|Ailsa Craig Exhibition sweet onions|
|White Wing onions|
So, what happened this year? We got onions in at different points in time depending on when we were able to 'mud them in.' The poor early soil conditions have led to inconsistent production. We've got lots of onions, but the sizes are all over the map. The taste has been good and we'll see how they store. We certainly can't say that we are disappointed because there is some good onion production here. But, it's not the picture of perfection we had in our heads. Even so, it is marketable - so now we need to sell it all. The whole plan falls to the ground if we can't move them!
|Valhalla in late July|
How does that work, you ask? Well... if you can't get a crop in the ground outside, you might press some of the inside space into service for something you were not planning. And, if you were planning on moving a building, but it is too wet or windy to do so, you have to delay that move. It is what it is and we go through this at some level every season.
If you look at the picture of Valhalla above, you will see a good deal of open space. That is not the way it was supposed to be at this point, but, we've moved a few things around and they are now slotted for some late Summer plantings to fill in some of our Fall - early winter crop needs. The trick is that we want the tomatoes, peppers and other crops already in there to stretch their production into late October (and maybe early November) so we have to select compatible crops that will germinate in the conditions found in the building in August. It's a giant jigsaw puzzle. Good thing we like puzzles.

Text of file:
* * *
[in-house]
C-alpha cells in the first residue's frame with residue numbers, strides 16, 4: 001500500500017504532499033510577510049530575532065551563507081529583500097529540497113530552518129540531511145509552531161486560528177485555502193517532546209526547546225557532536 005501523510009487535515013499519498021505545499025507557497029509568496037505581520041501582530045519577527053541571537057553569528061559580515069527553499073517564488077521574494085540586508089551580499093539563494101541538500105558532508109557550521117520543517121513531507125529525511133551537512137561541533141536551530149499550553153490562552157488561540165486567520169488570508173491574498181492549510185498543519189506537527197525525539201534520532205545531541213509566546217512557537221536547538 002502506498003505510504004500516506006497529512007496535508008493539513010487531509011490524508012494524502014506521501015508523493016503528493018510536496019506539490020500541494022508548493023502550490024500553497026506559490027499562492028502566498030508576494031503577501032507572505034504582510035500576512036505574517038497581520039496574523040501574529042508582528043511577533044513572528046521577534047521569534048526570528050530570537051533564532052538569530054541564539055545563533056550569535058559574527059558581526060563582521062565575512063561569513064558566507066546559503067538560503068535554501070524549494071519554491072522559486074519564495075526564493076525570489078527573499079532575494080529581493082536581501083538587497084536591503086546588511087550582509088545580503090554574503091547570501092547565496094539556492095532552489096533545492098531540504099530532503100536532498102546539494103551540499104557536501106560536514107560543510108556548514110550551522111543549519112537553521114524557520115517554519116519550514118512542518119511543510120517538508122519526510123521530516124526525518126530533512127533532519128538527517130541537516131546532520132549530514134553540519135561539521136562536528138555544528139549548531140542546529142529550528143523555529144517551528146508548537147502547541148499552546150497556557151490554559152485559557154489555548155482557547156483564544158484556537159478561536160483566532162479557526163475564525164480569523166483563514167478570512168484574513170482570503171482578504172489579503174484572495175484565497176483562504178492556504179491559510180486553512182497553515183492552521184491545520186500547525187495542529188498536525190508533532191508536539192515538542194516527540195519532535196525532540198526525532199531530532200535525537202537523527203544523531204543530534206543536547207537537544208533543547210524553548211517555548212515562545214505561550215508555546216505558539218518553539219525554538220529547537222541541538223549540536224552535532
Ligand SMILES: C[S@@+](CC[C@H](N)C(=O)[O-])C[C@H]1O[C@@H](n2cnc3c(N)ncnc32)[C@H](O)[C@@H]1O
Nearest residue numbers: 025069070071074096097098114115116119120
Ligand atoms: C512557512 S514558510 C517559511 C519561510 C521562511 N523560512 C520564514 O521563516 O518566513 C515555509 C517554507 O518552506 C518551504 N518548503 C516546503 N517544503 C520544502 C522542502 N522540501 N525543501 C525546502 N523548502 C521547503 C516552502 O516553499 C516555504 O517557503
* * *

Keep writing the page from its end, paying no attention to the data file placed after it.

|Eden in late July|
We made a choice this year to hill up the planting space in Eden to deal with the issue of torrential rains flooding out crops in this building. You might be able to see what I mean if you click on the picture to make a larger version. The good news is that the couple of heavy rains that got Eden wet inside the building this year did not impact the crops. The bad news? Well, things in hilled beds dry out faster. And, during normal weather, high tunnels are DRY areas that require irrigation. Every choice has its consequences.
Regardless of the issues, we can say that our efforts have led to success. The early Summer lettuce crop (that grows up in the shade of the young tomatoes) was great - except we couldn't sell it all when it was ready. The birds were happy. The tomatoes are looking very good, the peppers have already produced above prior year levels and beans are doing well. The melons are about on par for a normal season and the basil looks great. We do feel as if we lost some flexibility with this model as it doesn't really support some of the crops we traditionally have grown in Eden. But, it all worked well enough that we can make adjustments rather than abandoning the whole thing.
And there you have it... onions, high tunnels and choices.